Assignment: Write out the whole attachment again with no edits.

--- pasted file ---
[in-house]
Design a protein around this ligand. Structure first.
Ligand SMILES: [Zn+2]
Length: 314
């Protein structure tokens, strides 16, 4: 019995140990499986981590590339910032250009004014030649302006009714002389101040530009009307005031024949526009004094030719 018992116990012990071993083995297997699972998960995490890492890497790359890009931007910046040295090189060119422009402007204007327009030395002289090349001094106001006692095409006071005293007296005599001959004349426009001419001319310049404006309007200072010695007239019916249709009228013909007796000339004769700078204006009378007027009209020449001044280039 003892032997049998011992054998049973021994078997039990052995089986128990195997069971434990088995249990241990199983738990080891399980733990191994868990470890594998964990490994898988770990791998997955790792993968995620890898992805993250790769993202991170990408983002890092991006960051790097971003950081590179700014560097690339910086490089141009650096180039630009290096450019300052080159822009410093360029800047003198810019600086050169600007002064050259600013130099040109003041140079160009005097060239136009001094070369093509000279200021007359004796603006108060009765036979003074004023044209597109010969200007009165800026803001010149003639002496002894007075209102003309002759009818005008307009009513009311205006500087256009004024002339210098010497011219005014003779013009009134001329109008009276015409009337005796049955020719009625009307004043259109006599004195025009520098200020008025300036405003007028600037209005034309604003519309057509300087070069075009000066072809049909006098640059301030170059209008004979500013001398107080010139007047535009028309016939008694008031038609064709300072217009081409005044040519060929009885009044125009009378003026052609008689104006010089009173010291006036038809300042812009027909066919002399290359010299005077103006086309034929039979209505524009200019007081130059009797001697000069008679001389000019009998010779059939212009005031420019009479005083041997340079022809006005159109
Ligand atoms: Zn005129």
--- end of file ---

[in-house]
Design a protein around this ligand. Structure first.
Ligand SMILES: [Zn+2]
Length: 314
């Protein structure tokens, strides 16, 4: 019995140990499986981590590339910032250009004014030649302006009714002389101040530009009307005031024949526009004094030719 018992116990012990071993083995297997699972998960995490890492890497790359890009931007910046040295090189060119422009402007204007327009030395002289090349001094106001006692095409006071005293007296005599001959004349426009001419001319310049404006309007200072010695007239019916249709009228013909007796000339004769700078204006009378007027009209020449001044280039 003892032997049998011992054998049973021994078997039990052995089986128990195997069971434990088995249990241990199983738990080891399980733990191994868990470890594998964990490994898988770990791998997955790792993968995620890898992805993250790769993202991170990408983002890092991006960051790097971003950081590179700014560097690339910086490089141009650096180039630009290096450019300052080159822009410093360029800047003198810019600086050169600007002064050259600013130099040109003041140079160009005097060239136009001094070369093509000279200021007359004796603006108060009765036979003074004023044209597109010969200007009165800026803001010149003639002496002894007075209102003309002759009818005008307009009513009311205006500087256009004024002339210098010497011219005014003779013009009134001329109008009276015409009337005796049955020719009625009307004043259109006599004195025009520098200020008025300036405003007028600037209005034309604003519309057509300087070069075009000066072809049909006098640059301030170059209008004979500013001398107080010139007047535009028309016939008694008031038609064709300072217009081409005044040519060929009885009044125009009378003026052609008689104006010089009173010291006036038809300042812009027909066919002399290359010299005077103006086309034929039979209505524009200019007081130059009797001697000069008679001389000019009998010779059939212009005031420019009479005083041997340079022809006005159109
Ligand atoms: Zn005129």